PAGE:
How to book ‘reverse’ tickets to save on airfare
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Economy fares between the U.S. and both Asia and Europe are generally a bargain these days, if you’re flexible and willing to wait for a deal. It's often possible to score tickets for under $400 -- or even under $300 -- if you’re flying from a major hub and there is a fantastic sale. It’s a great time to be traveling.
There is a handy trick you can use to save even more if you’re planning multiple visits abroad: Book nested tickets. Technically, this isn’t quite what most people call nested ticketing, but it’s a similar strategy, and worth exploring if you venture overseas with any regularity.
Comparing Fares from the U.S. Versus from Europe
Generally, domestic tickets between cities are the same price, no matter which direction you travel. Flying from Boston (BOS) to San Francisco (SFO) costs the same as flying from San Francisco to Boston.
This isn't true for international tickets. Not only does the ticket price differ depending on the specific city pair, but also the fares are sometimes vastly different depending on which direction you're going. Flying from Dallas (DFW) to Madrid (MAD) and back might cost $900, while flying from Madrid to Dallas and back might cost $500.
In some cases, tickets departing Europe can be much cheaper than the reverse itinerary departing the United States. As an example, over random dates in January 2019, I found that you could fly nonstop from Chicago to London for $648 to $698 on American Airlines and British Airways, assuming you're planning a six-day trip.
However, if you search the opposite trip, with a London departure and Chicago arrival, the trip was now just $440!
Obviously, prices vary, and the savings vary as well. It may be just $20 -- or it may be $200 or more, like in the London-to-Chicago case.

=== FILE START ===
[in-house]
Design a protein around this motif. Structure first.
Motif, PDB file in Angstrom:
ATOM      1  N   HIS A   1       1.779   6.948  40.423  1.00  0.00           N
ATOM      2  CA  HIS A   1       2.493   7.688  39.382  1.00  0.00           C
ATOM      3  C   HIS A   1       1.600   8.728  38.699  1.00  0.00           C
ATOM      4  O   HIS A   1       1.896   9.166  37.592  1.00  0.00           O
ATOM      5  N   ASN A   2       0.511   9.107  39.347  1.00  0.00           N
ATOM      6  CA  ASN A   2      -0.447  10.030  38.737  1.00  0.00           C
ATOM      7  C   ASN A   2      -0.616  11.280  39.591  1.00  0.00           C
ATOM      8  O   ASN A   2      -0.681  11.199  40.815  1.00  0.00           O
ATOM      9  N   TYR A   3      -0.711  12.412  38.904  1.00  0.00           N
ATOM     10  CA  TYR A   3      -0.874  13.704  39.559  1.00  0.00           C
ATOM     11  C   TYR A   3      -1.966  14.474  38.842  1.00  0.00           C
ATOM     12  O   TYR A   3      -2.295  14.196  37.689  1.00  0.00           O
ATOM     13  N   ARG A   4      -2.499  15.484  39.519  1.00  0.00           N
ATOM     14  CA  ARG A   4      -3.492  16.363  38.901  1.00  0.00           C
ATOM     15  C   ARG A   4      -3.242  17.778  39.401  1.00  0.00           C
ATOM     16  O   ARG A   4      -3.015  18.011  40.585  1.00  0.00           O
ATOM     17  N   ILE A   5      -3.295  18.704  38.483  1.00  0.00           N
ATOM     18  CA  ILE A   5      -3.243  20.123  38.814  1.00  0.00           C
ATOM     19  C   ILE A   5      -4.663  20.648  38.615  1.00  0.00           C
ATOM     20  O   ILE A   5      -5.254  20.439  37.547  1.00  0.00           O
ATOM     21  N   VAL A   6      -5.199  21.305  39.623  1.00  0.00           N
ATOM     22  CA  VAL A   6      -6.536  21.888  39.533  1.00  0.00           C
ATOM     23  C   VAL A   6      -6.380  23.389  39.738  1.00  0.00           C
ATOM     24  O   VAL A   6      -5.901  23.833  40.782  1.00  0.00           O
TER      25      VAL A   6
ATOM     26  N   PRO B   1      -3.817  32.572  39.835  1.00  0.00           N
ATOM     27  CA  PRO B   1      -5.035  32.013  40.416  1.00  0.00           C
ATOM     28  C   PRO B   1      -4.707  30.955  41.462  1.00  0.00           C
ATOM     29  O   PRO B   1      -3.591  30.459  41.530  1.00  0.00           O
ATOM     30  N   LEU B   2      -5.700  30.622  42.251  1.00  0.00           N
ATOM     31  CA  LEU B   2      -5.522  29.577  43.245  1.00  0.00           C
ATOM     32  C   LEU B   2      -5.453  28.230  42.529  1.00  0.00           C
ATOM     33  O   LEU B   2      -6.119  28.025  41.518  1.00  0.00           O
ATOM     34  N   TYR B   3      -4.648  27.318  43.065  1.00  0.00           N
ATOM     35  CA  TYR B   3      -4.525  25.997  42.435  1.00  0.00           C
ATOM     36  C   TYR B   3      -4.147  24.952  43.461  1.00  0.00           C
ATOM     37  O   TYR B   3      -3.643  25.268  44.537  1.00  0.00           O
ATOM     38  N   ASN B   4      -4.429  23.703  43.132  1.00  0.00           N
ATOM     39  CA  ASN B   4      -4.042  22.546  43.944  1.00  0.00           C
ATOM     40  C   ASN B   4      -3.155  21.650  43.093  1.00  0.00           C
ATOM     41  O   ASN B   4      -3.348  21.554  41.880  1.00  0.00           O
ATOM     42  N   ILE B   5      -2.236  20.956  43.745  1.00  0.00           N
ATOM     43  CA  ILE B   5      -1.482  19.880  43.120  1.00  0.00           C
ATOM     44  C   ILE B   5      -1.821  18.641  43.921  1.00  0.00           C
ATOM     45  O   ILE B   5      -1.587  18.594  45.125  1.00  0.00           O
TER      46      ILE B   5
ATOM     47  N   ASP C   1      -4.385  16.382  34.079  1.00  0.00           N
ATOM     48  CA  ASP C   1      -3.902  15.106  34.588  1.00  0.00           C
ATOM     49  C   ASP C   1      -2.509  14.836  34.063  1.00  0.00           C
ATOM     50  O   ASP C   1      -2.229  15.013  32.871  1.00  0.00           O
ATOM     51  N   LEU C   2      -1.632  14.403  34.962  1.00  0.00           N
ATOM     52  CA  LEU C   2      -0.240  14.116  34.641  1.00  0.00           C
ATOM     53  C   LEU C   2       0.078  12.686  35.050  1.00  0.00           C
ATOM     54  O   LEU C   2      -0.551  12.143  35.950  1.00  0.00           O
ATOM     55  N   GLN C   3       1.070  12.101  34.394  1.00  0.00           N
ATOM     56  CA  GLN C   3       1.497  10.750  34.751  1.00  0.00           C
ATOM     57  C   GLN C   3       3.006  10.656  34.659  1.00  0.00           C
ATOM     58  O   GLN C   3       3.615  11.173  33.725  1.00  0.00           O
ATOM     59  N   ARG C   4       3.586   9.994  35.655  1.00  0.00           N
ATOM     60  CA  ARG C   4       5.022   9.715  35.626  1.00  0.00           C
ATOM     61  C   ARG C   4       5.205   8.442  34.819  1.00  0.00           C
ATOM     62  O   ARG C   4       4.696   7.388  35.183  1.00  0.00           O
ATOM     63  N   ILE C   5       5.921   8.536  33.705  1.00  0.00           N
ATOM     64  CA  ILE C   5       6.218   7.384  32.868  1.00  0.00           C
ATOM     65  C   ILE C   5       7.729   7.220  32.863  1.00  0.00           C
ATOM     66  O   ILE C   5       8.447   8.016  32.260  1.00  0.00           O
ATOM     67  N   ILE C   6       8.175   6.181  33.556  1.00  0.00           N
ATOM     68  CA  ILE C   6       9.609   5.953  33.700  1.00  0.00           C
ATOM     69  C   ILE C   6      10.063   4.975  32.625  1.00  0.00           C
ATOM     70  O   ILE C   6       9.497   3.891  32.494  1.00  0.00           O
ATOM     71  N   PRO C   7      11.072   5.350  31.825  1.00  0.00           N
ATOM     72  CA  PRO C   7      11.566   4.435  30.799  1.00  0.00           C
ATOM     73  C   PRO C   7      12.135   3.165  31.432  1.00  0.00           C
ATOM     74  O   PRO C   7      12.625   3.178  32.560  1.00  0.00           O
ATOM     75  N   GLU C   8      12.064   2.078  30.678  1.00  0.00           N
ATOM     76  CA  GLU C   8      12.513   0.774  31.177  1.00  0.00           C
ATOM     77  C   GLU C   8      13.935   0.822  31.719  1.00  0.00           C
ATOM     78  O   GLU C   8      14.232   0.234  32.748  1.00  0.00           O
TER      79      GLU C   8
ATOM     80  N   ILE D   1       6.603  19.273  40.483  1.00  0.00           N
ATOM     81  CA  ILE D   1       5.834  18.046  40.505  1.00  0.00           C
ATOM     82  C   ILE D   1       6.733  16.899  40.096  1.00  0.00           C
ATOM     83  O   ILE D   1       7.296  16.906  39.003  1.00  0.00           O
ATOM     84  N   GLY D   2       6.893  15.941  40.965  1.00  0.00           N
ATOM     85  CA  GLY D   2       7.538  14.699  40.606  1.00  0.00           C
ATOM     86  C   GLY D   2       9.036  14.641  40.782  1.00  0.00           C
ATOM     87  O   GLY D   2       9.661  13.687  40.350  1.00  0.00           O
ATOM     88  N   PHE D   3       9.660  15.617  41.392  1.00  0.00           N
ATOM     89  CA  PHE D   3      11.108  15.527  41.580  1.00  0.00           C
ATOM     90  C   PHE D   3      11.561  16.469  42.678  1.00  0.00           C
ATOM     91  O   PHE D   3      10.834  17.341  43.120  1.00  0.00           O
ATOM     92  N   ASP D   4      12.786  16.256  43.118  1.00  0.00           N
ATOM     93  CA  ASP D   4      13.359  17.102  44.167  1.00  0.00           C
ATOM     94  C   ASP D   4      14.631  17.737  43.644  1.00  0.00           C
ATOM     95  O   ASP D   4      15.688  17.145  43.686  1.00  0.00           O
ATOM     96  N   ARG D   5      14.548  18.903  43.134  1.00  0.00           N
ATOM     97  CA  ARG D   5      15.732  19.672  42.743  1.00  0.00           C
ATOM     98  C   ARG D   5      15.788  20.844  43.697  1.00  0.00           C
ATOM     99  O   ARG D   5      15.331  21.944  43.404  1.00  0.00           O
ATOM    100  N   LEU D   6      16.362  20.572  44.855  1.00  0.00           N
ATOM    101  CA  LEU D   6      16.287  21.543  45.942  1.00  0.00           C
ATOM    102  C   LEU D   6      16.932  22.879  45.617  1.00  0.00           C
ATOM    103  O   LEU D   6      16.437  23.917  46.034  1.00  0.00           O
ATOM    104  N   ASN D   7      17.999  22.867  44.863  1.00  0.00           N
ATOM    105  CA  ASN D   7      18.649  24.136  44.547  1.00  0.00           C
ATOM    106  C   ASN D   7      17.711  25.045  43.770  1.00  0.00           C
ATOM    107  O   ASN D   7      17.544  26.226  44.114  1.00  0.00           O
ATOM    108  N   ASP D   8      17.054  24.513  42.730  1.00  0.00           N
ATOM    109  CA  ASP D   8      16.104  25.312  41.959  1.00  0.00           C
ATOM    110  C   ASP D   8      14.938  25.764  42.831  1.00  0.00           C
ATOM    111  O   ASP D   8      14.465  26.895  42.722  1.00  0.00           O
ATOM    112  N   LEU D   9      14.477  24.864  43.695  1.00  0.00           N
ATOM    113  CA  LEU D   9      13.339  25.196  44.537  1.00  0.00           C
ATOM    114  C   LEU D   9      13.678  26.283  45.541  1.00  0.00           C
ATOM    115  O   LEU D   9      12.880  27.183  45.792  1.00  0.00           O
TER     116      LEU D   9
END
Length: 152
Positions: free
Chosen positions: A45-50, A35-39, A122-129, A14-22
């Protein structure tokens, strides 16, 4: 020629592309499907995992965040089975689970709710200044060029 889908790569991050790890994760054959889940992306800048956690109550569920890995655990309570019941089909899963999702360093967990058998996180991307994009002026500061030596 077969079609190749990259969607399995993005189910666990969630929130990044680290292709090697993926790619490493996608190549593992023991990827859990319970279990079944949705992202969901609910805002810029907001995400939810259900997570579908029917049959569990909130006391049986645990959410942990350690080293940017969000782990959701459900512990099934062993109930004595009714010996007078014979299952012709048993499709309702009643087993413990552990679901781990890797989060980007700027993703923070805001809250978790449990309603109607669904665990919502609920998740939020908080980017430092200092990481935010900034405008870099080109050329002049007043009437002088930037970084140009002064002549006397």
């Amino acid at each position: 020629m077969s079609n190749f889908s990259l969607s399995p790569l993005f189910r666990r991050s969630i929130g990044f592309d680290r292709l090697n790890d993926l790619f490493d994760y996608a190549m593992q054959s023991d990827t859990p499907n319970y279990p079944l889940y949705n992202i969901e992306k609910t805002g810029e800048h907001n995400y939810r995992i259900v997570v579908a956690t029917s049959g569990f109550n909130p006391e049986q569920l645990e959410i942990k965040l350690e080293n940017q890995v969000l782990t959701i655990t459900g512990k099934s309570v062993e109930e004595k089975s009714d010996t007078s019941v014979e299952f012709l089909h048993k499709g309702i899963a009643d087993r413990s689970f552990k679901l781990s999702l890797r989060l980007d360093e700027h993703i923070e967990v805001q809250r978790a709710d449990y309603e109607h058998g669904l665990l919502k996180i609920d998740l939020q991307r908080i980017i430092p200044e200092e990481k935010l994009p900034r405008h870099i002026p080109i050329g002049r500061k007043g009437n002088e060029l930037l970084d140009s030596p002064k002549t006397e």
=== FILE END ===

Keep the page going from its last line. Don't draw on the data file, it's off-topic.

Here are several other routes I researched and the savings you'd get if you departed from Europe compared to departing from the U.S.
|Nonstop ORD–LHR||January 2020||$698||$440|
|Nonstop JFK–FCO||February 2020||$518||$374|
|Nonstop SEA–AMS||June 2020||$1,443||$773|
|Nonstop DFW–MAD||May 2020||$983||$551|
|Nonstop SFO–CDG||April 2020||$418||$338|
|Nonstop MIA–MXP||March 2020||$474||$353|
This is by no means a hard and fast rule. As I write this, there is an excellent fare sale going on from multiple major U.S. airports to London, and fares are actually slightly cheaper departing the United States versus departing Heathrow.
That said, there are plenty of instances where tickets leaving Europe are cheaper, especially in premium cabins; the savings for business-class tickets can top $1,000 in some cases. Consider the typical fare between Chicago (ORD) and Warsaw, Poland (WAW). Round-trip business class over the next several months runs more than $3,000 per person, and over $4,000 if you want a more efficient itinerary. However, if you want to book the reverse ticket -- from Warsaw to Chicago -- you'll pay only $2,008 round-trip, flying nonstop on one of LOT Polish Airlines' 787-9s. This is $2,000 cheaper than the nonstop option departing ORD.